IT Spending & Cloud
Over 65 % of SMBs are expected to make significant purchases of IT equipment this year. Computer Manufactures are expecting 1 in every 4 office PCs. While the purchase price of a new powerful computer is now more discounted then ever that’s only part of the true cost. If you look at the overall costs for the life span of that discounted purchase you’d be rather surprised. What we really need to focus on is the Total Cost of Ownership or TCO.
Regardless of if it’s a copier, PC, Server, Phone System, etc. purchasing the wrong size device can cost your business significantly. With today’s increasingly tight budgets, it’s easy to look at two devices and say the cheapest one has enough features to do what I need. However, if that cheaper item isn’t meant to handle “business grade” work loads or doesn’t have the same reliability you may end up costing your business much more than what the more expensive option was initially. In addition, newer cloud services give you the ability to change the cost model into an operational service instead of a large initial capital purchase. This can make a big difference to your business’ budgeting, Cash on Hand, and taxes.
So What is TCO?
Total Cost of Ownership not only encompasses any initial setup or capital expenditures, but also ancillary costs to maintain and support the device after the initial purchase. Gartner, an industry expert, defines TCO as the total cost of using and maintaining an IT investment over it’s entire lifespan. TCO calculations include direct costs and indirect costs (end-user training / operation and loss of revenue from down time). So that sounds clear as mud right? Direct costs are those such as hardware, software, and support; items that are easily linked to the initial purchase. Indirect costs are ones that are little more removed, such as training on how to use the new device and the loss of revenue caused when that device goes down. That last part can be key if the wrong purchase was made and it fails frequently.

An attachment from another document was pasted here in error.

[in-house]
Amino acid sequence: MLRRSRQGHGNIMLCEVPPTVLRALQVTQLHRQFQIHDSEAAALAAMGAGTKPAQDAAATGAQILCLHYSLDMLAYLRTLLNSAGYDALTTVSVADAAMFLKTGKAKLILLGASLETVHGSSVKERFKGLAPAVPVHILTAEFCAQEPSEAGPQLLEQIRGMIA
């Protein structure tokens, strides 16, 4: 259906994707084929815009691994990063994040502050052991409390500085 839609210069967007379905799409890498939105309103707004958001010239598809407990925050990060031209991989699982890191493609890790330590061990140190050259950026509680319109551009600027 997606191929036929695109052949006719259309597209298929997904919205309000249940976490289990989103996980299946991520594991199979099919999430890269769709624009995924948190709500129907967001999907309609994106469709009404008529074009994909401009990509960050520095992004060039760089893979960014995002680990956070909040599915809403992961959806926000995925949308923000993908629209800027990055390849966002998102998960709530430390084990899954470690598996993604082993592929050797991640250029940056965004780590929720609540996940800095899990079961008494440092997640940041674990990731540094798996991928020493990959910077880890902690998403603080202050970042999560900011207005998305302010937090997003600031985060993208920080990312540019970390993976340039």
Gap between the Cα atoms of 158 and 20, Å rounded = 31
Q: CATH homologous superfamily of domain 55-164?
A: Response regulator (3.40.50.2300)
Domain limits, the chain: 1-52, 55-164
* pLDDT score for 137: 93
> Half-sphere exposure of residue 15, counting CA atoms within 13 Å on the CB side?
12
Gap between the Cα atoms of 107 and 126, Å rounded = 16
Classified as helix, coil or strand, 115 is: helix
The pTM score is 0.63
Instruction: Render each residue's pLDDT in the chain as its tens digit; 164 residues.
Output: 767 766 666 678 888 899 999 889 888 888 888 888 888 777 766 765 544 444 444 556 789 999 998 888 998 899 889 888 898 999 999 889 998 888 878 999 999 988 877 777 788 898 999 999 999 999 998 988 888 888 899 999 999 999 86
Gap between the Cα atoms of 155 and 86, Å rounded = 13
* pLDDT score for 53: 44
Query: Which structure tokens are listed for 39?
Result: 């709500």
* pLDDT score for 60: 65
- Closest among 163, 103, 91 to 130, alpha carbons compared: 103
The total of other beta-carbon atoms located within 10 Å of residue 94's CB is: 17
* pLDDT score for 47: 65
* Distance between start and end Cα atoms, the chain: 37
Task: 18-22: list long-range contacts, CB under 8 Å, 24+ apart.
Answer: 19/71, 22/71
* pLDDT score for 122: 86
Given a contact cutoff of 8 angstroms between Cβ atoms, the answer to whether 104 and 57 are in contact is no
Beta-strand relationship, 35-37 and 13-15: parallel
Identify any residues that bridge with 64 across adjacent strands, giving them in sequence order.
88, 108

Frequent Support and Maintenance
Many incorrectly believe the largest cost item factored into TCO is the initial purchase price. Computers for example typically the base purchase price only accounts for 20% of the TCO. The remaining 80% is ancillary costs for labor, support, warranties, software, malware protection and removal, etc. These after purchase costs represent the largest percentage of the total cost yet get the smallest scrutiny in SMBs. Think about your last computer purchase, did you focus more on the initial purchase price, or the cost to install Microsoft Office and Anti-Virus?
A business computer network requires frequent support and maintenance. If left ignored significant problems develop over time until something significant enough causes an outage and disrupts your business’ day to day operations. Costs for proactive monitoring and maintenance may seem like a luxury reserved for the enterprise but the loss of revenue from an outage, or worse the damage done during a compromise, are far more expensive than the average support agreement.